NATO Amps Up Anti-ISIS Mission After Trump’s Prodding

REUTERS/Helmiy al-Azawi (IRAQ) - RTR1RM3Y

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Saagar Enjeti White House Correspondent
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NATO will step up its commitment to the fight against Islamic State by training Iraqi soldiers to disarm improvised explosive devices, the Wall Street Journal reports.

President Donald Trump indicated throughout the 2016 campaign his desire to see more NATO investment in anti-ISIS efforts. The Obama administration repeatedly tried to get NATO to up its commitment to the anti-ISIS mission. Former U.S. Secretary of Defense Ashton Carter implored NATO to get more involved in the fight at the February 2016 annual meeting to no avail.

“This is a start, and then we will assess, work with allies and look at what more we can do,” NATO Secretary General Jans Stoltenberg told TheWSJ of the alliances decision to being training Iraqi soldiers. Stoltenberg’s comments come after repeated skepticism from NATO generals in late January that the alliance should be involved in counter-terrorism in the first place.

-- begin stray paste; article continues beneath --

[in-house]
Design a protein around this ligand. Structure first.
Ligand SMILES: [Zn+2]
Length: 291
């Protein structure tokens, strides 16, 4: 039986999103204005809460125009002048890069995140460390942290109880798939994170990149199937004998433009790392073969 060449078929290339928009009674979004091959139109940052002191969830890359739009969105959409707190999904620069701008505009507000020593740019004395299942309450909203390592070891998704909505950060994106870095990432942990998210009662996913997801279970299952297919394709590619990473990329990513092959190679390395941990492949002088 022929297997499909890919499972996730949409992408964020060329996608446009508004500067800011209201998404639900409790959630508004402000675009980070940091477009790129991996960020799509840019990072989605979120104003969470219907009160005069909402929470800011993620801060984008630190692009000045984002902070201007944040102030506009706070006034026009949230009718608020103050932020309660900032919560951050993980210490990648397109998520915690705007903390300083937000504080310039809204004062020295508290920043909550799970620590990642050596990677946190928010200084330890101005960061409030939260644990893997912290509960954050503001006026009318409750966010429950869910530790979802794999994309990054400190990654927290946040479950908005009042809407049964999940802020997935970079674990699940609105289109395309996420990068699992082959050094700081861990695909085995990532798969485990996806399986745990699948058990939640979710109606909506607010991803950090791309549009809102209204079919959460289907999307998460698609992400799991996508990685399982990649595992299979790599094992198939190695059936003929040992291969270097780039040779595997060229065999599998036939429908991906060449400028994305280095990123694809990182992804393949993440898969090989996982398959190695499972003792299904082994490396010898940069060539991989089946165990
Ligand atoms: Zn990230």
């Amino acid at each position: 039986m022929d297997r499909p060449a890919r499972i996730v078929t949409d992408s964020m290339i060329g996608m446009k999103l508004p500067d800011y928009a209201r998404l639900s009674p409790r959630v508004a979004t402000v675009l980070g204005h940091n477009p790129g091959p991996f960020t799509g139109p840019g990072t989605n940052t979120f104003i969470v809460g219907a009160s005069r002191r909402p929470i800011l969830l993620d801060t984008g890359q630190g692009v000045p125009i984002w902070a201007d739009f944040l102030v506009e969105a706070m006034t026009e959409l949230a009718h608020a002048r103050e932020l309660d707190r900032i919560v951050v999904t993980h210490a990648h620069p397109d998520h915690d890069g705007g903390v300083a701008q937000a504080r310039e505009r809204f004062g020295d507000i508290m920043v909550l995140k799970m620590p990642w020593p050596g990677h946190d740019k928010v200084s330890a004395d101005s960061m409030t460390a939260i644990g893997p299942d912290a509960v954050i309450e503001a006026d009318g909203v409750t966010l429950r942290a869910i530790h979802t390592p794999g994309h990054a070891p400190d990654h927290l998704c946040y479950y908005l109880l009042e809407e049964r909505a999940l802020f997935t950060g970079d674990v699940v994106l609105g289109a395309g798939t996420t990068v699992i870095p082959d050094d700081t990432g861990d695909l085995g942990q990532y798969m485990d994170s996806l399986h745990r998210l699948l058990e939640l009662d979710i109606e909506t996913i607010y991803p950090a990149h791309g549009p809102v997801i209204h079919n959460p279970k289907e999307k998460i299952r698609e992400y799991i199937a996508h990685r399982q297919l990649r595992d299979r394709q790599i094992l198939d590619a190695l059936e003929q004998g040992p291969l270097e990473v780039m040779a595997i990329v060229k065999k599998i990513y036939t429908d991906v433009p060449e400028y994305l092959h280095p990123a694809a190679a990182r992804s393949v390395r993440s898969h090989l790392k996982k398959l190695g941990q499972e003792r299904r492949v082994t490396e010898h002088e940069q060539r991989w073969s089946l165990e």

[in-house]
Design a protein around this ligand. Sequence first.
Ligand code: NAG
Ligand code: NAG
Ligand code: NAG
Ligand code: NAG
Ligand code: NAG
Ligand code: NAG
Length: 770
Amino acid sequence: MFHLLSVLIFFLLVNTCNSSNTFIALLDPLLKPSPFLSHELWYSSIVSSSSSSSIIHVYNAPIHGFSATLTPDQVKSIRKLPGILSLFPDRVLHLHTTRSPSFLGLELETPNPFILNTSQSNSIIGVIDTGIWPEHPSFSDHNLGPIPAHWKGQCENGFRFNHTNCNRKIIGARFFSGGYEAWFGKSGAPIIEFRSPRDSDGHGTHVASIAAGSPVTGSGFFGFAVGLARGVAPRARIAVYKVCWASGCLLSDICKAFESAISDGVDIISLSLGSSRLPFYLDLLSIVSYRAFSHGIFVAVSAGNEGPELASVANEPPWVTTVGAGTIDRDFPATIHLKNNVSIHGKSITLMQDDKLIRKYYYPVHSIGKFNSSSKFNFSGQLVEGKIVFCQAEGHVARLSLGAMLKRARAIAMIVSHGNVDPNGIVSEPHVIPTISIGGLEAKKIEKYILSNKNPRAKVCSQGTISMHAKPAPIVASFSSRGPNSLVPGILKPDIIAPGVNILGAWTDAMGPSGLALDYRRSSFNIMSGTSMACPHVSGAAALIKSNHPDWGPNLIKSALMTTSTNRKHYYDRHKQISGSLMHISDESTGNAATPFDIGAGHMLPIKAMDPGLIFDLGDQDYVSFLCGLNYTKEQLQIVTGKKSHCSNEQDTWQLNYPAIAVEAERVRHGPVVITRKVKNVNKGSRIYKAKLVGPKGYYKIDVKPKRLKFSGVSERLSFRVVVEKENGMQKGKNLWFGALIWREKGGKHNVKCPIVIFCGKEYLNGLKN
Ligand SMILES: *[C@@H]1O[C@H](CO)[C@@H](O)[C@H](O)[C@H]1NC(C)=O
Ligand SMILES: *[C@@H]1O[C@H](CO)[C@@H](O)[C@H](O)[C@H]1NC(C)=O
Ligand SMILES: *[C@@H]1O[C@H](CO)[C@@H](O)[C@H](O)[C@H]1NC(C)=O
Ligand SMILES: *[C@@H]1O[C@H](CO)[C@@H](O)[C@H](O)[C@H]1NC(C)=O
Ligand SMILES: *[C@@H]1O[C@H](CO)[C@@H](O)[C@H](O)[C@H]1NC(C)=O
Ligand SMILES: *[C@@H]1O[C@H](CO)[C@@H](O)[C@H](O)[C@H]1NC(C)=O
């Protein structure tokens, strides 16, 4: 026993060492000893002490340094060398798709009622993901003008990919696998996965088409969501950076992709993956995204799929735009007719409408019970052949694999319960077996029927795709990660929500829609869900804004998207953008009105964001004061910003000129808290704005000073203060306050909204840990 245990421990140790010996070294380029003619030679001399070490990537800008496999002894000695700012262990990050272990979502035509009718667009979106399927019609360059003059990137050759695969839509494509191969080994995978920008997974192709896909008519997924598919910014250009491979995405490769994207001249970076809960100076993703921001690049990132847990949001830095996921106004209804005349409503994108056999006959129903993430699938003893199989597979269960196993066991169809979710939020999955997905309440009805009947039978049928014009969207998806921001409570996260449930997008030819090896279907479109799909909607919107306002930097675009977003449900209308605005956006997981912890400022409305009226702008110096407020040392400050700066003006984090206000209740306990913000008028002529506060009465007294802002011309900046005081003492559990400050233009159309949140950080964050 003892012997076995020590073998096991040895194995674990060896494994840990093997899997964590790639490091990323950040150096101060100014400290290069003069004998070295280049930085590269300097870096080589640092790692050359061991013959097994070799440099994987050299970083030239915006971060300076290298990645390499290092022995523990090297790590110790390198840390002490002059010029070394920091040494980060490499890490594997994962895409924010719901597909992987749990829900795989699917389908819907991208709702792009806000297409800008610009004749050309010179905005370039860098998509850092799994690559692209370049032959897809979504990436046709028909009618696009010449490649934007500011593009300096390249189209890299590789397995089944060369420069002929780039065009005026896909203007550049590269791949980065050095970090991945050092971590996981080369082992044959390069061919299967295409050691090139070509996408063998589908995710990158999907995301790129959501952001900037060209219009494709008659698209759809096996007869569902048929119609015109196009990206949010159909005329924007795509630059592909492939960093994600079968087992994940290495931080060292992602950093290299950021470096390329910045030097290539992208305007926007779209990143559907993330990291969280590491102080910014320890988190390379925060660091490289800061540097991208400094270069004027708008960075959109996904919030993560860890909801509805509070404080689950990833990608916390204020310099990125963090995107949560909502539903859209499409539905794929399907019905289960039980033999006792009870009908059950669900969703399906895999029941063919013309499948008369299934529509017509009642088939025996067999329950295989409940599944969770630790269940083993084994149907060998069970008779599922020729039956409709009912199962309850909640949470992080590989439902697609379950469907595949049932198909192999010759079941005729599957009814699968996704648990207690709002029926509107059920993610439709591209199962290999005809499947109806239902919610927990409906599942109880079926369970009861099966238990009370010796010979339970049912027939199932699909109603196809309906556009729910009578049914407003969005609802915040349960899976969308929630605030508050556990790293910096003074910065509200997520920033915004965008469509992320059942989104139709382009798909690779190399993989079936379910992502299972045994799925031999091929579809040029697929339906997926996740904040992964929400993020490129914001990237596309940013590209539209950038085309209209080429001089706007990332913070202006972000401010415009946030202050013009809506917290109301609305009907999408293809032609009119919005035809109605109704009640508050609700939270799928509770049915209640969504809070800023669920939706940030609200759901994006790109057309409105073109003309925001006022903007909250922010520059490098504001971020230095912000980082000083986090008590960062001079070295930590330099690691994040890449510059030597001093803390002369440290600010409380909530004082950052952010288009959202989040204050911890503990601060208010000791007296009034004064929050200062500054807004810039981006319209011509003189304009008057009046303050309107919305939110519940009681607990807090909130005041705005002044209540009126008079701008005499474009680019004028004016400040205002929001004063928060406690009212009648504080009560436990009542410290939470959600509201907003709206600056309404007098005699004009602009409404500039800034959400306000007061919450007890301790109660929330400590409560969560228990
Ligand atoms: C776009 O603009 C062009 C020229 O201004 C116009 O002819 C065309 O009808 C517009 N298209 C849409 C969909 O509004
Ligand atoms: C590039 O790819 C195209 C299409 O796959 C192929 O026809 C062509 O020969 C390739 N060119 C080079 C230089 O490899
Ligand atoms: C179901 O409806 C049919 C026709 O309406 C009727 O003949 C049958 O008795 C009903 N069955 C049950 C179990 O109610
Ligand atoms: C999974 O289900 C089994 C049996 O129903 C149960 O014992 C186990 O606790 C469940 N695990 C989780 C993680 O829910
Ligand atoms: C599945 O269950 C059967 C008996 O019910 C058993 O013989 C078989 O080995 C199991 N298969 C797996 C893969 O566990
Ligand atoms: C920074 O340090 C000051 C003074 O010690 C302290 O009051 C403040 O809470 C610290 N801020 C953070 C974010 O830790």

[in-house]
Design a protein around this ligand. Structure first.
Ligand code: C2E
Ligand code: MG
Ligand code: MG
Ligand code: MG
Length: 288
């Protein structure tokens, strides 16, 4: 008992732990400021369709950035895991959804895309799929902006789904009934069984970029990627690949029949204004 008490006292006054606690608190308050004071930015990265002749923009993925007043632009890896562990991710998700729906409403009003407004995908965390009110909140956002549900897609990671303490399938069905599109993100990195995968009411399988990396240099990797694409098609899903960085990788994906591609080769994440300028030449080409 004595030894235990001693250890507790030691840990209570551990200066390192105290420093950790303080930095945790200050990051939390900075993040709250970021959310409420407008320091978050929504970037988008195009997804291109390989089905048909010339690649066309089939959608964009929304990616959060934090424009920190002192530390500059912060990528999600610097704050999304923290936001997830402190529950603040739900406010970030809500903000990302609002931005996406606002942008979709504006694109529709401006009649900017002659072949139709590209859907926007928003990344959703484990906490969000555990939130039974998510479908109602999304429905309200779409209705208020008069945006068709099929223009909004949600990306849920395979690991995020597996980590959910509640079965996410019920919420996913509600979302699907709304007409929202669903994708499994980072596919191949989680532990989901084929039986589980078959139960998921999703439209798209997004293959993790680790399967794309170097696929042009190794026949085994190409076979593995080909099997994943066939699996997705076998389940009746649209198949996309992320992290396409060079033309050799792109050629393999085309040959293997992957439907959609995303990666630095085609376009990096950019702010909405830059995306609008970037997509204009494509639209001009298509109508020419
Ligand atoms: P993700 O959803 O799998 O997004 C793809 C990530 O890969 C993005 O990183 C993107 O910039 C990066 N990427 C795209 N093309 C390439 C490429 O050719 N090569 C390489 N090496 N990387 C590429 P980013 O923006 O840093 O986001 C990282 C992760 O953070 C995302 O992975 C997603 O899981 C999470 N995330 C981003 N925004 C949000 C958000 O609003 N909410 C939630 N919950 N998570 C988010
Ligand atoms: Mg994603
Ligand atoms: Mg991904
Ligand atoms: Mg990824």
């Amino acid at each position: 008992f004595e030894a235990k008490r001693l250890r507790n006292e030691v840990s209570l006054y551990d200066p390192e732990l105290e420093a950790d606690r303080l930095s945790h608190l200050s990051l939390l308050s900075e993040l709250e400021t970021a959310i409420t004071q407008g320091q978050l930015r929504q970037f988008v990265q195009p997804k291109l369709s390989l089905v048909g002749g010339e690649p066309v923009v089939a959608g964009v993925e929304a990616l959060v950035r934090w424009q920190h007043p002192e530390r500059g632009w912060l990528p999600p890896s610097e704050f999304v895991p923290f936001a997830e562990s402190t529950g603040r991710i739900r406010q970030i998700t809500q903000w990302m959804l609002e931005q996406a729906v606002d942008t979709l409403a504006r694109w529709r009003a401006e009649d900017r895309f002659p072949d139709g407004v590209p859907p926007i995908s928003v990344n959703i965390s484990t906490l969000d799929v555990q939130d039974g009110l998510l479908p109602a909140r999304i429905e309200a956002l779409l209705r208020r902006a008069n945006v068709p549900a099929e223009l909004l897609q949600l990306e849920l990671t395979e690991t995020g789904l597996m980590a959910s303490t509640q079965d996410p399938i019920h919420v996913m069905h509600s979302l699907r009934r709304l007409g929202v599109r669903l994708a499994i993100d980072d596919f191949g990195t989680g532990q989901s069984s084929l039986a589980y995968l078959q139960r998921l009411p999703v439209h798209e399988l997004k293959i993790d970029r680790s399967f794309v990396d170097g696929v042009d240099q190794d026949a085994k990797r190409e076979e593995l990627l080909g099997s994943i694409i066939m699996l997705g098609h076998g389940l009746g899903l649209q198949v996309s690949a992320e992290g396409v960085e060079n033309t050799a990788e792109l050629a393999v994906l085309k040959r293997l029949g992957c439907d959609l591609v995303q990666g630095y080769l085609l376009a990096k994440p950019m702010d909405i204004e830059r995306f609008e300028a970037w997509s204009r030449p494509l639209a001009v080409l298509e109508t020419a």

NATO’s military planners saw the decision to train Iraqi soldiers as a signal of their tentative commitment to the fight. Still, the alliance is only deploying 10-17 soldiers to Iraq, and will begin training only 30 Iraqi’s. The commitment is far from the previous U.S. request to NATO to use early warning planes over Syria.

Trump spoke with Stoltenberg Sunday in a wide-ranging phone call on Russian aggression in Ukraine, and Trump’s desire for other NATO allies to increase defense spending commitments. The alliance targets defense spending for countries at 2 percent of a member nation’s GDP. More than 20 countries in the alliance flout this defense spending target.

“I think the distribution of costs has to be changed. I think NATO as a concept is good, but it is not as good as it was when it first evolved,” Trump told The Washington Post in March 2016. Trump doubled down in a CNN interview the same day, saying, “frankly they have to put up more money. They’re going to have to put some up also. We’re paying disproportionately. It’s too much. And frankly it’s a different world than it was when we originally conceived of the idea.”

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